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How To Deal With Misguided Training Requests – 6 Questions To Ask

Do you find that, too often, you are working as an order-taker? By that I mean that a manager contacts the talent development (TD) department with a request for a specific learning solution with the clear expectation that this request will be acted upon. In this article, you’ll learn 6 different ways to handle training requests.

What To Ask When Dealing With Misguided Training Requests
“Training requests” as a fix for anything and everything are a consistent thorn in the paw for all Learning and Development departments. Learning professionals know the challenge of misguided training requests can be remedied. As natural problem solvers and creative thinkers, we have produced a glut of books, articles, and Instructional Design systems. We are informed, armed, and ready to address erroneous training requests. We explain to the misguided requester the proper place and application for training, how training can help, and when it cannot. However, are there times when we should just acquiesce? Is there a justification for accepting a “training request” that is not training at all?

Let’s look at an example: Vice President Jan requests that all 500 staff members attend a training on the organization’s core values. Jan would like this to happen in the next 45 days.

Requests like this, coming from high up in the organizational chain, can give a person nightmares. Before drafting a response, formulate a series of questions to help with analysis and don’t forget to include an ego and bias check. The questions will differ based on your role in the organization and who is making the request.

One consideration should never change: the impact of your decision should never put the department’s strategic goals at risk. If you don’t have strategic goals for your department, stop reading and start writing. As Lewis Carroll wrote, “If you don’t know where you are going, any road will get you there. But that doesn’t mean where you wind up is where anyone wants to be.”

Here are some starter questions to consider when you are presented with this challenge.

1. Is It Possible To Form A Rational, Achievable Goal Out Of The Request?
The last thing you want is to set yourself up for failure, or more accurately, have no measure for success. It is best to set the measure for success to something akin to “Facilitate 5 Core Value sessions before August 1.” Keep it specific and time-bound, very much like a SMART goal. The learning professional in you may think the request is a waste of time or fret learning objectives. We will ignore that voice for now.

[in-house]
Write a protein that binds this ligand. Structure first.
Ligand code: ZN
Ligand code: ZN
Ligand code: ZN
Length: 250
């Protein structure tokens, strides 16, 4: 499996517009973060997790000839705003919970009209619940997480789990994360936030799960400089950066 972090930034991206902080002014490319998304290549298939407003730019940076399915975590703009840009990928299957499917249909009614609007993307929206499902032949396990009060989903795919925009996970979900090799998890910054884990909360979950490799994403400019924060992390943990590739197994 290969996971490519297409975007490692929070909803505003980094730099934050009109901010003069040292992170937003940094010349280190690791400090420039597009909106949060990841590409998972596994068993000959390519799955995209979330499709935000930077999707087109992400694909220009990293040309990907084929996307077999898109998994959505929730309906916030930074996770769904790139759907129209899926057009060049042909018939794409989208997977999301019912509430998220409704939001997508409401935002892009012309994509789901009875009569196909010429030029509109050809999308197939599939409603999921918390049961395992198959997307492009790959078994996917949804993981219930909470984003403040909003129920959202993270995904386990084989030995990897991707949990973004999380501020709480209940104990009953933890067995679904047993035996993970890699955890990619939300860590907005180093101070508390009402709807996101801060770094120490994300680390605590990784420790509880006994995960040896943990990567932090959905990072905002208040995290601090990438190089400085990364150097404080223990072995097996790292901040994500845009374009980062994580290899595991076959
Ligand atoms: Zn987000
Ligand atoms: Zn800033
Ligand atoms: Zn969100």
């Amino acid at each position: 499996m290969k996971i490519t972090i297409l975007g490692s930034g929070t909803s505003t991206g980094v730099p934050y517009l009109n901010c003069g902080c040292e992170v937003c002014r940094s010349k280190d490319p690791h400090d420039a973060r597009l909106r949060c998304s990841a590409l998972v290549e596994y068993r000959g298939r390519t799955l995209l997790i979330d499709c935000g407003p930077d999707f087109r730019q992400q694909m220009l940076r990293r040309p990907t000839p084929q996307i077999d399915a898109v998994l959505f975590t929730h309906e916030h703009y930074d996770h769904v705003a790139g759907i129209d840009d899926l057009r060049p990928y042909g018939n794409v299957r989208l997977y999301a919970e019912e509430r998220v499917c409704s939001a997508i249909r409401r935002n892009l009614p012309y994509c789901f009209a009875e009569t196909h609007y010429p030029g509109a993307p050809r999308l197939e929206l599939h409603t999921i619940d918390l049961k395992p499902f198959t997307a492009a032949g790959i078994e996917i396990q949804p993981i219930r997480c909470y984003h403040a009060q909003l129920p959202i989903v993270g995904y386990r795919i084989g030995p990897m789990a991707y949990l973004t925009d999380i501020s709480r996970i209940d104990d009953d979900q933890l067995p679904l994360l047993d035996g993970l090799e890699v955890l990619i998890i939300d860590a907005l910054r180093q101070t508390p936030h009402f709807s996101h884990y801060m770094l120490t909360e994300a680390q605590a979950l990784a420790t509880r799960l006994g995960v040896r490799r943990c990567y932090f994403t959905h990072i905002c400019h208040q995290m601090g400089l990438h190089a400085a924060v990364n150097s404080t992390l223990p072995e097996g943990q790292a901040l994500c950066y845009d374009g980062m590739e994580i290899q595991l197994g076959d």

2. Are There Resources Available To devote To The Request?
Realistically, despite the advantages the forthcoming questions may uncover, it is not worth running your team or yourself into the ground. Do not divert resources from critical projects or day-to-day tasks that are necessary for the department to function.

3. What Is The Short-Term Impact, Both Positive And Negative, To The Target Audience And The Organization?
Try to put yourself in your audience’s shoes. Will you feel demoralized or disengaged as a result? Will the organization lose a large amount of staff hours if the request involves classroom hours?

4. Will Accepting The Request Set An Irreversible, Bad Precedent For Future Requests?
Even in circumstances where the requester understands that the request is not “training” and promises this will be the last time, you know it will not be. Construct a response for future similar requests and determine its feasibility.

5. Imagine This Request Came From Someone You Admire Or A Single Friend; How Would You respond?
Especially in the case of repeat offenders, it is easy to allow a gut reaction of dislike to taint clear thinking. Remember, fairness and justice are concepts employed only on people who are not your friends. If there were ever a time to consider fairness, it’s now.

6. Are There Political Gains To Be Made By Accepting This Request – Gains That Will Advance Your Department’s Strategic Goals?
“Political will” is the motivation to use political skills to self-empower. A smart balance of doing for others and doing for you can lead to a position of influence. Do not confuse political will with being manipulative or conniving. Helping others can result in help for you and your department in achieving its strategic goals.

Final Word
“Training requests” as a fix for everything are a burden. Yet service to our organizations is top priority. Referring to the example of Jan—maybe Jan is making this request because of a commitment to the board of directors that all staff will attend a special core values training session. Conducting a discussion and training session on the organization’s core values could be accomplished with minimal resources if planned smartly. The sessions could serve as an engagement boost to staff and garner positive reviews for your facilitators. Moreover, a can-do attitude and willingness to help the organization will not go unnoticed by Jan, who happens to be in a real position of influence.